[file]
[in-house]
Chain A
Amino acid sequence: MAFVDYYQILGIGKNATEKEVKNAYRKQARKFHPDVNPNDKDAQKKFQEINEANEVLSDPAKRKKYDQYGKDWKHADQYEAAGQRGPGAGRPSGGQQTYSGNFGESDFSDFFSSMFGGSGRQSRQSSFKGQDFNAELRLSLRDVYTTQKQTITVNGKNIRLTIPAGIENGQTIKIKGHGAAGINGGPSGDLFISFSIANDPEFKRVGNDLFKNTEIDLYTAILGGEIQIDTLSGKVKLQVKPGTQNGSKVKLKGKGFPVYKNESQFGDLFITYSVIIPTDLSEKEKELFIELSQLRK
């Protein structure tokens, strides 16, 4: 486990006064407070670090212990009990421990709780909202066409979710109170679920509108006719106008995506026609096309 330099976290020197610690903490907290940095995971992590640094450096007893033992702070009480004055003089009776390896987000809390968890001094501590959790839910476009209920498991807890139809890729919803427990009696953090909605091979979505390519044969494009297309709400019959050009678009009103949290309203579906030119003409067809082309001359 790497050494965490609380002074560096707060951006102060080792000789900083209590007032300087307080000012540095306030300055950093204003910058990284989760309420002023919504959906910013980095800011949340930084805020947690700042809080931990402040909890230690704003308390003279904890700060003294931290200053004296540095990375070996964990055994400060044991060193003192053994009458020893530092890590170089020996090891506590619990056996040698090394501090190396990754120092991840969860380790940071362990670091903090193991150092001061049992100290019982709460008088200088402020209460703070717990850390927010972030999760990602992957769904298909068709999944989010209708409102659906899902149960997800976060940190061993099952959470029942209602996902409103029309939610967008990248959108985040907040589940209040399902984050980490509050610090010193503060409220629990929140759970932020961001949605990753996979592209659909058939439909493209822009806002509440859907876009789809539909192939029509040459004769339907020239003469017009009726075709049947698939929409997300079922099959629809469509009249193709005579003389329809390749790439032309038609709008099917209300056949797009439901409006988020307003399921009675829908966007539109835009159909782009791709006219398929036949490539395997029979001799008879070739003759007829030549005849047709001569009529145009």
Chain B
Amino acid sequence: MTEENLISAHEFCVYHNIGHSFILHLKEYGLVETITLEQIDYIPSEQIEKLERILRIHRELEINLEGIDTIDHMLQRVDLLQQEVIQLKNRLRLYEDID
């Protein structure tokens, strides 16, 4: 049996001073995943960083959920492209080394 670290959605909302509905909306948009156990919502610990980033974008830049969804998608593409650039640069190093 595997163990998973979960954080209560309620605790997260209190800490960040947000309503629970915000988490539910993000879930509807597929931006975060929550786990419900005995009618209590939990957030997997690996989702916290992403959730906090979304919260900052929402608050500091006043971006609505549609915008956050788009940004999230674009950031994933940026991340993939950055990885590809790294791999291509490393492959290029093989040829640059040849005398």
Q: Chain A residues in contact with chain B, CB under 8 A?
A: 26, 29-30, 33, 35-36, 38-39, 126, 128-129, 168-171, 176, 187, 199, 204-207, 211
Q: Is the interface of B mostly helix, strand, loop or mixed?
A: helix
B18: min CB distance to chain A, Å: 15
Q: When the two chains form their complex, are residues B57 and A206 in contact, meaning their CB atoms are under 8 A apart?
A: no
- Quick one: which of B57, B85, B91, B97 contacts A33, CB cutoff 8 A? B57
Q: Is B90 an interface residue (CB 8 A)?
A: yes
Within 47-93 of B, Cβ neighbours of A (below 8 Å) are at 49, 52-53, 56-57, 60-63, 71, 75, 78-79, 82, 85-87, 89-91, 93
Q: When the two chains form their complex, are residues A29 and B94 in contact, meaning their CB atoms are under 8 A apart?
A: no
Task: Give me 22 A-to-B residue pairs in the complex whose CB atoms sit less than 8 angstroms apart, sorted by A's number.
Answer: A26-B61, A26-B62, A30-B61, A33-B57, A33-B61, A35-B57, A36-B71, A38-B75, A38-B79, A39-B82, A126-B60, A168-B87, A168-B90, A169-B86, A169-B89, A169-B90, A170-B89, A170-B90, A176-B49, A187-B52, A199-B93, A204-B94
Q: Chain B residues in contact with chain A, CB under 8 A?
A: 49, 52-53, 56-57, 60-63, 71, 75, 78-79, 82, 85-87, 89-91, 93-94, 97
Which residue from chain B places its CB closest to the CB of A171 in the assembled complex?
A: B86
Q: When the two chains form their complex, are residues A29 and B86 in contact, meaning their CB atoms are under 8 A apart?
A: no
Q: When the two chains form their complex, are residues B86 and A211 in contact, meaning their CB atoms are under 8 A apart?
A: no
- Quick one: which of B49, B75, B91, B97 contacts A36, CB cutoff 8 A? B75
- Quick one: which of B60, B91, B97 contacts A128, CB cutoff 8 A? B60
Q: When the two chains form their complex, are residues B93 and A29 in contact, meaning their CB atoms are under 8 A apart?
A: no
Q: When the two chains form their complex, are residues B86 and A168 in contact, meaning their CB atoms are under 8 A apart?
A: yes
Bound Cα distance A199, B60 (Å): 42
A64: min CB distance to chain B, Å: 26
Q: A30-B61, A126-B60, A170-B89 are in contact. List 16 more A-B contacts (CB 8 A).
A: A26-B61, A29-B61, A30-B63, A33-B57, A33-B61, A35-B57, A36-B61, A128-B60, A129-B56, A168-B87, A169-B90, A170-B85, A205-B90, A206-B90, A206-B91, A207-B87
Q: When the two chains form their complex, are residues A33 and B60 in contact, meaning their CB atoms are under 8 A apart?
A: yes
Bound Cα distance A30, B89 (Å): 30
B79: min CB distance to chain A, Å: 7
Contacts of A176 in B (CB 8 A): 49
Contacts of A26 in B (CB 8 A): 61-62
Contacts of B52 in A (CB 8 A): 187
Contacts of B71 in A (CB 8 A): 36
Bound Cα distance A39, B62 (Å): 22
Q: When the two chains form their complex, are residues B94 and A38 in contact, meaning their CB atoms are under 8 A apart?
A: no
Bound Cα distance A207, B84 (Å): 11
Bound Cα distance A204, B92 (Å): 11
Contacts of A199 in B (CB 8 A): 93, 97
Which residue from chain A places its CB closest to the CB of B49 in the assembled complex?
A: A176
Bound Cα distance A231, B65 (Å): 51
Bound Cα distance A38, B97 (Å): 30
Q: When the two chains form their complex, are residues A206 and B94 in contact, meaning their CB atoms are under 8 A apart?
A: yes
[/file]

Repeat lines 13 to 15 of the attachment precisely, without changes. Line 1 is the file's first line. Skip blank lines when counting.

Q: When the two chains form their complex, are residues B57 and A206 in contact, meaning their CB atoms are under 8 A apart?
A: no
- Quick one: which of B57, B85, B91, B97 contacts A33, CB cutoff 8 A? B57